Julian Rodriguez is the founding member of Plastic Tides, an NPO focused on “combining adventure and science to fight plastic pollution.”
Being a Filipino and living in the third biggest contributor to pollution in the ocean makes me want to do something about it. Right now, we’re looking for people who are willing to go out into the environment and in their own way, contribute to the cause.
Just recently, our team at Plastic Tides Philippines teamed up with the Pasig River Rehabilitation Commission to bring in volunteers to help clean up the 47 tributaries of the Pasig River. In just half a day, we were able to collect about 1,500 kilograms of trash! The PRRC only has about 45 people assigned to help clean up the Pasig River. It’s a daunting task for one person to clean up a whole tributary.
In the Philippines, we want to be guides for people who want to start their lives of zero-waste, environmentalism, and understand what it means to be a warrior for the environment. Our goal is to enlist everyone we can in this fight for against plastic. What we want for people to understand is that they have their own expertise they can contribute to the address the issue of plastic.
We are beginning to use our network to connect poor coastal communities with social enterprises, so that the coastal community scavengers can supply the social enterprises with plastic trash for their products like stand-up paddleboards made entirely from marine plastics. We are also introducing stand up paddleboards to local government for researchers, rangers, and marine watchers to use as an alternative to large inflatable motorized rafts.
Why and how is plastic an issue for oceans/waterways in the Philippines?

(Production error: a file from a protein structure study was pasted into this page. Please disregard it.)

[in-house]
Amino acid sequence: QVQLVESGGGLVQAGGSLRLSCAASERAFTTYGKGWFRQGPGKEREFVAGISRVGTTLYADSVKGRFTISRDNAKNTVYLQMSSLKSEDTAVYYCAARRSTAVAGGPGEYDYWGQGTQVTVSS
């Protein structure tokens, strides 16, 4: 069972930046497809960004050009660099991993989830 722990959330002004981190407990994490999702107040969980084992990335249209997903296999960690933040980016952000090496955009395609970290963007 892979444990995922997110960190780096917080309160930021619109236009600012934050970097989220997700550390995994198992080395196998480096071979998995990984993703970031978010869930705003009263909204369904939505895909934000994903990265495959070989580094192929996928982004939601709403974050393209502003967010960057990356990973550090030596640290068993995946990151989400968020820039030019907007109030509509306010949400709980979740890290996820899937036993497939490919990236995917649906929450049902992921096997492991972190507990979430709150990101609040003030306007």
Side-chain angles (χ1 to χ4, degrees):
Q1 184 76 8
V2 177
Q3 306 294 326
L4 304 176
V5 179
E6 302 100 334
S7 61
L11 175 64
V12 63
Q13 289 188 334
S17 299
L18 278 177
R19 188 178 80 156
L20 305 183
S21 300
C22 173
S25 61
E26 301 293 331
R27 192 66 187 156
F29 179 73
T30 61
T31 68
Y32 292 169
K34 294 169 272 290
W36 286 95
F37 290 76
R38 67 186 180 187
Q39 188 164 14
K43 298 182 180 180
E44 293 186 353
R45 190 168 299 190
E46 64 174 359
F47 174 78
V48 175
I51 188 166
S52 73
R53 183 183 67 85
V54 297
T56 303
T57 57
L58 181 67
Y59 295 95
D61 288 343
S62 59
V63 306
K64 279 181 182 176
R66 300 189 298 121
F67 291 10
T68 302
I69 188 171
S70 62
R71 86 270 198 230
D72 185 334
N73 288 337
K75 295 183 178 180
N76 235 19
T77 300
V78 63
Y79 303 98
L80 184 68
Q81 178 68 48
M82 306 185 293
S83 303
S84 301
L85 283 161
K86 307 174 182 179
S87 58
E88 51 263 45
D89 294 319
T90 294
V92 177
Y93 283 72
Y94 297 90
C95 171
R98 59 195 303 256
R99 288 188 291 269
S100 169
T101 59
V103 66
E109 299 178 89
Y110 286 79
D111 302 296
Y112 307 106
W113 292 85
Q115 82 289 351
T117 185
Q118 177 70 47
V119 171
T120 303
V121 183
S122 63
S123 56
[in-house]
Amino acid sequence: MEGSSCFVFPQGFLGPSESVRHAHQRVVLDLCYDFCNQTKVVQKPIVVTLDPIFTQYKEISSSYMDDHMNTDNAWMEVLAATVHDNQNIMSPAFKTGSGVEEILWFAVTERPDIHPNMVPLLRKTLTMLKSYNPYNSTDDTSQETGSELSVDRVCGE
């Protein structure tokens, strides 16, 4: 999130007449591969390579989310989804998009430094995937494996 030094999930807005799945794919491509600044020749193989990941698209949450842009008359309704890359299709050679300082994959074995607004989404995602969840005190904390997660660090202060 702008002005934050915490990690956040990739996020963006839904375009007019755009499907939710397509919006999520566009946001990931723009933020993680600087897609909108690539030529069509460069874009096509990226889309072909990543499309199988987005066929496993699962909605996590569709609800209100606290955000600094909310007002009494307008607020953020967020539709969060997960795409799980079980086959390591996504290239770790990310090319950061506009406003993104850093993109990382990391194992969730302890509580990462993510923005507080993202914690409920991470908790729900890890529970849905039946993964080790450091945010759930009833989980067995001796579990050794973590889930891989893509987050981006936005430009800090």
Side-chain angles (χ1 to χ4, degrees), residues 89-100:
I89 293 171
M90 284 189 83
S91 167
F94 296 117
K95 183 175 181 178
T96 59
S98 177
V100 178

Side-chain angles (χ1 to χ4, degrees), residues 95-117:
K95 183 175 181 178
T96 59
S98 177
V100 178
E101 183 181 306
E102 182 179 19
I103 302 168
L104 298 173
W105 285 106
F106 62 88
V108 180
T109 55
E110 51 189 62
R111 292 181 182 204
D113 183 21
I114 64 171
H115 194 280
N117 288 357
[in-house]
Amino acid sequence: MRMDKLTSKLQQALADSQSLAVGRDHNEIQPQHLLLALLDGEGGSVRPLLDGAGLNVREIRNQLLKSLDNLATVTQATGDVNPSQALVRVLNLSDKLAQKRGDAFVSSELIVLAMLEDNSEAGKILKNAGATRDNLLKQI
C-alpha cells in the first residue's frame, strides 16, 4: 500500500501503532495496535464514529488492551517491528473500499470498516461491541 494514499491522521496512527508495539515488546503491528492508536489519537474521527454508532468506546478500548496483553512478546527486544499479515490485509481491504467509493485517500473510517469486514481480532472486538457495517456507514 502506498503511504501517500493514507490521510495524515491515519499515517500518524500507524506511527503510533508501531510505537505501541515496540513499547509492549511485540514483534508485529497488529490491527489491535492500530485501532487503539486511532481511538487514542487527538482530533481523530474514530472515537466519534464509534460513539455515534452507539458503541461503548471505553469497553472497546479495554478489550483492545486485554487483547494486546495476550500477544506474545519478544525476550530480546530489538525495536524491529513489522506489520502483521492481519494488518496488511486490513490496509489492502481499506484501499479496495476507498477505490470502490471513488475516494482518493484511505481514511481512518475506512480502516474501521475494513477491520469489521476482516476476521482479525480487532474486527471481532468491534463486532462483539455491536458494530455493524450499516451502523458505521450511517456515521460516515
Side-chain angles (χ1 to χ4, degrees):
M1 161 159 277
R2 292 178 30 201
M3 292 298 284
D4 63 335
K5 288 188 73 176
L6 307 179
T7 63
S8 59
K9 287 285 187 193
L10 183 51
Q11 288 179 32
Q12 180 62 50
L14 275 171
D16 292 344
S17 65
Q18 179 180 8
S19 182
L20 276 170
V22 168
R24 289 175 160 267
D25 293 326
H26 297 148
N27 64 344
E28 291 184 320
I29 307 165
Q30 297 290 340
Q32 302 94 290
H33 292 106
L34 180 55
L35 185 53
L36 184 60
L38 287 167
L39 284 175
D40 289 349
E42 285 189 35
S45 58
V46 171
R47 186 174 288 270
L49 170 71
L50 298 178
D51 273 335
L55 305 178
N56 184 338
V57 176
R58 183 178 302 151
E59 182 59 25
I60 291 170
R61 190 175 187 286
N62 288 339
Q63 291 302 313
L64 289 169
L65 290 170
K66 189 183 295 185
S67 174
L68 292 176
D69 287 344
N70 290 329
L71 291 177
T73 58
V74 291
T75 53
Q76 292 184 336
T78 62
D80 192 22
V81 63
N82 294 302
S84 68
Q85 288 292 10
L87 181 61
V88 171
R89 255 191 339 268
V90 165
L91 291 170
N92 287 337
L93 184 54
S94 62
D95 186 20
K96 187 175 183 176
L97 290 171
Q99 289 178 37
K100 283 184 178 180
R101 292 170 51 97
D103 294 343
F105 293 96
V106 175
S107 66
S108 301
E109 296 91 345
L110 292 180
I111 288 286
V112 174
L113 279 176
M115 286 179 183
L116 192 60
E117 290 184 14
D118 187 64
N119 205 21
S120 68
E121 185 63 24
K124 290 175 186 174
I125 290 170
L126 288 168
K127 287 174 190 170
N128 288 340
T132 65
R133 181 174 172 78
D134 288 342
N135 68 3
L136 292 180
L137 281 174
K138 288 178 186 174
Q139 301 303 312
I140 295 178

Imagine that in 1907, the very first bit of plastic was made. That very first bit of plastic still exists today, if it hasn’t been degraded into millions of pieces and spread out into our drinking water. This war on plastics has been going on longer than we’ve ever been aware of it. Slowly, we are creating the thing that is killing us. This is a global problem, but the problem of plastic in the Philippines is one that needs to have a localized global solution. Right now, we are using an estimated 48 million shopping bags or even more in the Philippines. These are 48 million plastic bags that don’t degrade, that don’t disappear, that don’t break up into little pieces. They just stay in our environment. This is the type of fight that I want to show people.
During our outdoor expeditions, we document canals being clogged by the sheer amount of plastic. Our marine bio diversity is being threatened by the plastic that we are producing and throwing into the water. We already have evidence. Darrel Blactchley, a marine biologist and environmentalist from Davao, opened up a dead beaked whale found in Compostela Valley and found 40 kilograms of plastic in its stomach.
In the Philippines, our problem would be poverty and the amount of sachets that we use every day. We can’t just say we’ll ban everything and be done with plastic because there are people who rely on these. Sometimes people’s lives depend on single-use plastics. We can’t just discount that. This is another issue that we need to address.
We’ve lived without plastic long before it was created in the Philippines. We wrapped our food in banana leaves ever since. We’ve found ways to preserve our food better and we’ve found different natural alternatives. The Philippines has always been that way. Since we’ve been made dependent on single-use plastics, we’ve never grown independent of them.